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«U.S. Department of Justice Seal U.S. Department of Justice Office of Legal Counsel Office of the Deputy Assistant Attorney General Washington. DC ...»

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U.S. Department of Justice Seal

U.S. Department of Justice

Office of Legal Counsel

Office of the Deputy Assistant Attorney General Washington. DC 20530

October 23,2001

MEMORANDUM FOR ALBERTO R. GONZALES

COUNSEL TO THE PRESIDENT

WILLIAM J. HAYNES, II

GENERAL COUNSEL

DEPARTMENT OF DEFENSE

FROM: John C. Yoo-SignatureofJohnC.Yoo Deputy Assistant Attorney General Robert J. Delahunty-SignatureofRobertJ.Delahunty Special Counsel RE: Authority for Use of Military Force To Combat Terrorist Activities Within the United States You have asked for our Office's views on the authority for the use of military force to prevent or deter terrorist activity inside the United States. Specifically, you have asked whether the Posse Comitatus Act, 18 U.S.C. § 1385 (1994), limits the ability of the President to engage the military domestically, and what constitutional standards apply to its use. We conclude that the President has ample constitutional and statutory authority to deploy the military against international or foreign terrorists operating within the United States. We further believe that the use of such military force generally is consistent with constitutional standards, and that it need not follow the exact procedures that govern law enforcement operations.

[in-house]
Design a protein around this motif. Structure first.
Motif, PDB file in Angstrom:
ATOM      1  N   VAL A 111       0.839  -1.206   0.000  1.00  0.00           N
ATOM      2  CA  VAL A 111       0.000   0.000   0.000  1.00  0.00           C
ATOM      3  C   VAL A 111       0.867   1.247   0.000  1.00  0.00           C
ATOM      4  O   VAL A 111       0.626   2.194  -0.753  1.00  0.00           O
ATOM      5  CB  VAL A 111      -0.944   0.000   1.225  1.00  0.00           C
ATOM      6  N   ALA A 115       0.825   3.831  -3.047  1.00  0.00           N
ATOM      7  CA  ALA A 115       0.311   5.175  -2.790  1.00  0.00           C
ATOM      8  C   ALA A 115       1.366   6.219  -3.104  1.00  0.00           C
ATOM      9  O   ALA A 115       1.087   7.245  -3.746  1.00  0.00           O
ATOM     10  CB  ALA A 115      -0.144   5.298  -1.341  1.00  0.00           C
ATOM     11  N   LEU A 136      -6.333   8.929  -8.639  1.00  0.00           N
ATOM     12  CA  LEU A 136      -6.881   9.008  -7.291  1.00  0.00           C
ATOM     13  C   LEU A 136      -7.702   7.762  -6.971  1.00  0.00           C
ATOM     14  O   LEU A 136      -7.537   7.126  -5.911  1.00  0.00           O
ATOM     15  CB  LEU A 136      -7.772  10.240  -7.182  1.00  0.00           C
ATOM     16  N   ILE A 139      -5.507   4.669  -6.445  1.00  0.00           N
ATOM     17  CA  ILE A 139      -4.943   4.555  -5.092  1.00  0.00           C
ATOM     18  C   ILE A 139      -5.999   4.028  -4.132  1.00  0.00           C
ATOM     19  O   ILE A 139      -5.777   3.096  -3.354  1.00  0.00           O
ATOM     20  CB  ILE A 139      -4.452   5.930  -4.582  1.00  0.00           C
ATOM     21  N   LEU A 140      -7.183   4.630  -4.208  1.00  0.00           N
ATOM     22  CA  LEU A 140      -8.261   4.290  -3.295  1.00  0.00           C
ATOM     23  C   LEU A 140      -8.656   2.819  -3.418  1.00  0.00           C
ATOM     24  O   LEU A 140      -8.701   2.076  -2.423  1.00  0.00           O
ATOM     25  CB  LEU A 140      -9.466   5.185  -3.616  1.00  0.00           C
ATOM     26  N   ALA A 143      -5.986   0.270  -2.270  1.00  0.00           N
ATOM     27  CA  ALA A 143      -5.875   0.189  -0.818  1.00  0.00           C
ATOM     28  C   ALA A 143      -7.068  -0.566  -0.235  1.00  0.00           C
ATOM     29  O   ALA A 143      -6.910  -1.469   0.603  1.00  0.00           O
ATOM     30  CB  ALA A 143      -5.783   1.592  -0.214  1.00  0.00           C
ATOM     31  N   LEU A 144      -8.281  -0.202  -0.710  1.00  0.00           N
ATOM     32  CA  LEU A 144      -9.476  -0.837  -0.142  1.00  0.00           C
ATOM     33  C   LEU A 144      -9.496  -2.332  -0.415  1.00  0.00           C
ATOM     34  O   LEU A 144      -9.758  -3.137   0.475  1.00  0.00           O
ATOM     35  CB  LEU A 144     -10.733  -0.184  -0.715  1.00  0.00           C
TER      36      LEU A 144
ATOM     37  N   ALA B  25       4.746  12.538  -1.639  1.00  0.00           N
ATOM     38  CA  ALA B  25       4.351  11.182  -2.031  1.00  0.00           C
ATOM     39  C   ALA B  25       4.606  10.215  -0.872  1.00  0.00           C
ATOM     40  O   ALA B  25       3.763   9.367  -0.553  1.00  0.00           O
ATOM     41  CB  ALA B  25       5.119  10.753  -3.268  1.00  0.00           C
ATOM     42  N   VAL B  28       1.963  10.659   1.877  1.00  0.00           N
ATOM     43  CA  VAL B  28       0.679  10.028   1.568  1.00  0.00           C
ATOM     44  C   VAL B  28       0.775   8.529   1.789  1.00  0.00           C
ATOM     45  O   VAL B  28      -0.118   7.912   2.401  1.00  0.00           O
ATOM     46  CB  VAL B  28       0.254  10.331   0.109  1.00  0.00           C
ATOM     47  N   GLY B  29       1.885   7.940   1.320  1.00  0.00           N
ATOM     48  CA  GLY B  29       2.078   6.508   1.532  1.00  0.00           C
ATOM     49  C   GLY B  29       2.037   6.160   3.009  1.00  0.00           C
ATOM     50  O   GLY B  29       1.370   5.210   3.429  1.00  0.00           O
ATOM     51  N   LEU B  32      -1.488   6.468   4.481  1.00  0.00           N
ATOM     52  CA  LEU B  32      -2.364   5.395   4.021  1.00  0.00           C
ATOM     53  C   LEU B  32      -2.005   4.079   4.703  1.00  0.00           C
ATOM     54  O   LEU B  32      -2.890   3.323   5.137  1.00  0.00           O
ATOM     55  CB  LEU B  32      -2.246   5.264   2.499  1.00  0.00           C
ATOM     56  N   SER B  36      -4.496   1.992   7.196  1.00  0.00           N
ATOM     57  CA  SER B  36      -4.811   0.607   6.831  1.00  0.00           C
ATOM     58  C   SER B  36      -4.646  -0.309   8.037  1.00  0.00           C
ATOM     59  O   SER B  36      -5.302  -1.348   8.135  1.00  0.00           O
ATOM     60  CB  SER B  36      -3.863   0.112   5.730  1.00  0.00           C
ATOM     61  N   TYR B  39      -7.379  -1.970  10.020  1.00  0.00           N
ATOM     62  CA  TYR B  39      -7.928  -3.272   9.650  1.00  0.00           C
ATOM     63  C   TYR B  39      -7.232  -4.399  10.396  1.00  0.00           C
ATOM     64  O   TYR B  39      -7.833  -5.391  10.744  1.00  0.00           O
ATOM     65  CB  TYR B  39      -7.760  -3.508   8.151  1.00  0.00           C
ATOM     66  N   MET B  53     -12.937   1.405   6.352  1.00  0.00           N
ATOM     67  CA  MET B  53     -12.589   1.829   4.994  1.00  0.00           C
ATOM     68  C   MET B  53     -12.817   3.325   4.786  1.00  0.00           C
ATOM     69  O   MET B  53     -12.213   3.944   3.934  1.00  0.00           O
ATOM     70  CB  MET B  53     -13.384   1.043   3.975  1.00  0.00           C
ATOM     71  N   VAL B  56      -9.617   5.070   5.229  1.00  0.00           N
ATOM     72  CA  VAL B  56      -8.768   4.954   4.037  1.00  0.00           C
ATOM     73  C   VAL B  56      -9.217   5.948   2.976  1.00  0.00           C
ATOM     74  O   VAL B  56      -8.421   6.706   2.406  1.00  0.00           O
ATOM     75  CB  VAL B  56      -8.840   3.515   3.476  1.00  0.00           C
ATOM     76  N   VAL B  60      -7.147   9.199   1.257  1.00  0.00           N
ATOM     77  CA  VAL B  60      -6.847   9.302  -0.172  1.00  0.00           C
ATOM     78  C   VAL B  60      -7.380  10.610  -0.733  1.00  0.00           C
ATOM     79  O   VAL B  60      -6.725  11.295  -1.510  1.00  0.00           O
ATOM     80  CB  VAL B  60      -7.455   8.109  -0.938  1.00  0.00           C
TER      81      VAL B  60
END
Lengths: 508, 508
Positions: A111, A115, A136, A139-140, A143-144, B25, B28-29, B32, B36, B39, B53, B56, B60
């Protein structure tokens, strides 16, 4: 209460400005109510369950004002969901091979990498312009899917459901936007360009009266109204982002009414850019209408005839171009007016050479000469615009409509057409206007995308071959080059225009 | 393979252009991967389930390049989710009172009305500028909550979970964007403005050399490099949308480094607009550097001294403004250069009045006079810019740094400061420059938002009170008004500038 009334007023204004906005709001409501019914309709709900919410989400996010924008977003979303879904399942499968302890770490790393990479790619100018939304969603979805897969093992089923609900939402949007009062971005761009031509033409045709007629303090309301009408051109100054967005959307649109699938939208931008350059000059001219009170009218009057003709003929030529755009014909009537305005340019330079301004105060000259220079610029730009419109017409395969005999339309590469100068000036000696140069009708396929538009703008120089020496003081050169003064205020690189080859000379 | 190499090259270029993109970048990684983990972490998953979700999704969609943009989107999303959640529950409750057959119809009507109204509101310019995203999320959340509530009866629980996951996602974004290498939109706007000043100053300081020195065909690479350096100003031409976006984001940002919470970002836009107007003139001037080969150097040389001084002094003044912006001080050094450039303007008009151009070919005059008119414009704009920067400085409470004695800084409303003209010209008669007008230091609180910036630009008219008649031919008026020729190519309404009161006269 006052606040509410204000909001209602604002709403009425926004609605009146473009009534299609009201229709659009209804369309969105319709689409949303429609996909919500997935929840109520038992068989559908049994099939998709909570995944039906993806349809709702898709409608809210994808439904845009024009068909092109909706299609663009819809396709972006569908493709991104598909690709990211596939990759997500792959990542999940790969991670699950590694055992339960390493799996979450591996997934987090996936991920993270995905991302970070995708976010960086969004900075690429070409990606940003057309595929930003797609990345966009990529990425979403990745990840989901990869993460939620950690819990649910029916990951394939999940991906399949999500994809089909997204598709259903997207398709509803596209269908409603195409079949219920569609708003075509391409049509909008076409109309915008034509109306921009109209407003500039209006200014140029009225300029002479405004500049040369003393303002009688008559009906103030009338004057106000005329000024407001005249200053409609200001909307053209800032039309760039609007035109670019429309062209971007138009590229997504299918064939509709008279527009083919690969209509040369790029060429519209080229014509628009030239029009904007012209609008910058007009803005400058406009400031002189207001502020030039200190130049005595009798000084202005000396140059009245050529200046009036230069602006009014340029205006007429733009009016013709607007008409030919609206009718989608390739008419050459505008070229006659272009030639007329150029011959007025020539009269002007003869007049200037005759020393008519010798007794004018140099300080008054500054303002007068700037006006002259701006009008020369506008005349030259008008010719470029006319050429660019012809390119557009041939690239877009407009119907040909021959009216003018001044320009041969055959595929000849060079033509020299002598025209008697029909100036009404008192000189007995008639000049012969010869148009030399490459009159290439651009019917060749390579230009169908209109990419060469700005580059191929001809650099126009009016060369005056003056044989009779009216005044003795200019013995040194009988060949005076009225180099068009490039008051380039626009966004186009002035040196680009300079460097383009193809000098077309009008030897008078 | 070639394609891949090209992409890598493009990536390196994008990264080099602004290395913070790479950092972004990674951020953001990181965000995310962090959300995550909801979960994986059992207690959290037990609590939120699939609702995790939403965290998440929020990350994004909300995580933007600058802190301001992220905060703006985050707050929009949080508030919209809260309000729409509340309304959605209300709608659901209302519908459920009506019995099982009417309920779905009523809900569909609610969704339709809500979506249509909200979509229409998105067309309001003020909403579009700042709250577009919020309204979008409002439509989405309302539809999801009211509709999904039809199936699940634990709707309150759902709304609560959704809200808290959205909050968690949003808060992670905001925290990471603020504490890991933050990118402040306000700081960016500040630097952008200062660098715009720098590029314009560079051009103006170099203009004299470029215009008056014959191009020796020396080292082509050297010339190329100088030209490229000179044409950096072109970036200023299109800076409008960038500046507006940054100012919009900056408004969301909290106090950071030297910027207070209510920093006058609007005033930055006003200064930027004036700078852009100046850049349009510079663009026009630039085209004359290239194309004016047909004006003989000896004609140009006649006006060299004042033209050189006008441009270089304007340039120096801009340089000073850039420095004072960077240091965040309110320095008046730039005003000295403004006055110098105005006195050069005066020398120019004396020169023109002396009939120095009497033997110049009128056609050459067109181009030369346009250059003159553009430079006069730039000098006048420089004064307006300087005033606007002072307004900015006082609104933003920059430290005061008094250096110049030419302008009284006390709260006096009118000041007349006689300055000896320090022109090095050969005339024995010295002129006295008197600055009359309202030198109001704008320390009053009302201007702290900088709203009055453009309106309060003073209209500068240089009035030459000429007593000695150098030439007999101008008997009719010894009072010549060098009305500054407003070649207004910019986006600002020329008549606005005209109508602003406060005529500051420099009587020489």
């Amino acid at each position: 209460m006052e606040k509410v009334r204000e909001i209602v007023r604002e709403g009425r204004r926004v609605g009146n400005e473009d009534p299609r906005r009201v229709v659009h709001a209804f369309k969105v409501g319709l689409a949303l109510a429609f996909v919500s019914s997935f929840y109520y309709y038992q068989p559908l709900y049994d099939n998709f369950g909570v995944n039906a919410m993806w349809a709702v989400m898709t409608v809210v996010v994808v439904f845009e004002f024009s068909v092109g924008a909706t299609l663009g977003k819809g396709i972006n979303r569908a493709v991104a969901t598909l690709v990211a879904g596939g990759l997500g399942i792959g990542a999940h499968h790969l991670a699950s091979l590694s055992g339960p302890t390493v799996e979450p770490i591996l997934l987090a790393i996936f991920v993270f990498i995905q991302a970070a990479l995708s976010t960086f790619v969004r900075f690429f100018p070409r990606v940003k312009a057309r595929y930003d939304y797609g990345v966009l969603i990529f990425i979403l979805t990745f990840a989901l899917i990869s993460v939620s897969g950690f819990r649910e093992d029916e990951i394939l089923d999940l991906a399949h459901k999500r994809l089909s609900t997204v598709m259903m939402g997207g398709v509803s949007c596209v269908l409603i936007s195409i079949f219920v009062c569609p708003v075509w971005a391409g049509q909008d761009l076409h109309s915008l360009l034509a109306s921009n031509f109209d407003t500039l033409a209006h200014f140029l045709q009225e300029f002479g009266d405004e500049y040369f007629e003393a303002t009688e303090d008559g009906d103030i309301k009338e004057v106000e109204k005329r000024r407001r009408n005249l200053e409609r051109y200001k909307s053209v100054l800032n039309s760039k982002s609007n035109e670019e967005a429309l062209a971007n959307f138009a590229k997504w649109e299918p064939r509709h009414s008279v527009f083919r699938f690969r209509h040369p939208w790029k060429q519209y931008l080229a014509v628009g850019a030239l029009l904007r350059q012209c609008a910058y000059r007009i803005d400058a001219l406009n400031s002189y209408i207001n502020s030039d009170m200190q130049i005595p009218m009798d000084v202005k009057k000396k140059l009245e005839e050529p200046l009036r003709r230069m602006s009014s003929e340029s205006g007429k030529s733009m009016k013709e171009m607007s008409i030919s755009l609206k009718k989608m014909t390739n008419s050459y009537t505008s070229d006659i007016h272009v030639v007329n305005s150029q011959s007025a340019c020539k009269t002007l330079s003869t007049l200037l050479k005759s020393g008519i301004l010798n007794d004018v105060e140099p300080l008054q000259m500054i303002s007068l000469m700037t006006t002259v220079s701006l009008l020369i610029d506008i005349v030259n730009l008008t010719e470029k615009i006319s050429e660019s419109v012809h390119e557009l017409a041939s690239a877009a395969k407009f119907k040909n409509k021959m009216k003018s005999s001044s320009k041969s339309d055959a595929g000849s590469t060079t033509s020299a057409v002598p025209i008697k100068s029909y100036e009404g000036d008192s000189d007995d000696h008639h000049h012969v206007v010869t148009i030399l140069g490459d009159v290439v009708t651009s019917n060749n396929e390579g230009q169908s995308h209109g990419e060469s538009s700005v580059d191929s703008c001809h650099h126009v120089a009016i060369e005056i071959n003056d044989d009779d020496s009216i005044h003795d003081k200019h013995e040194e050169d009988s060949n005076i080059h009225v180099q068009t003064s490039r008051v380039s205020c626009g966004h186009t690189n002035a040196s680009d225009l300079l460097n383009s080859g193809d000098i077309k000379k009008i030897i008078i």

Our analysis falls into five parts. First, we review the President's constitutional powers to respond to terrorist threats in the wake of the September 11, 2001 attacks on the World Trade Center and the Pentagon. We consider the constitutional text, structure and history, and interpretation by the executive branch, the courts and Congress. These authorities demonstrate that the President has ample authority to deploy military force against terrorist threats within the United StatesSecond, we assess the legal consequences of S.J. Res. 23, Pub. L. No. 107-40, 115 Stat.

224 (2001), which authorized the President to use force to respond to the incidents of September

11. Enactment of this legislation recognizes that the President may deploy military force domestically and to prevent and deter similar terrorist attacks.

Third, we examine the Posse Comitatus Act, 18 U.S.C. § 1385, and show that it only applies to the domestic use of the Armed Forces for law enforcement purposes, rather than for the performance of military functions. The Posse Comitatus Act itself contains an exception that allows the use of the military when constitutionally or statutorily authorized, which has occurred in the present circumstances.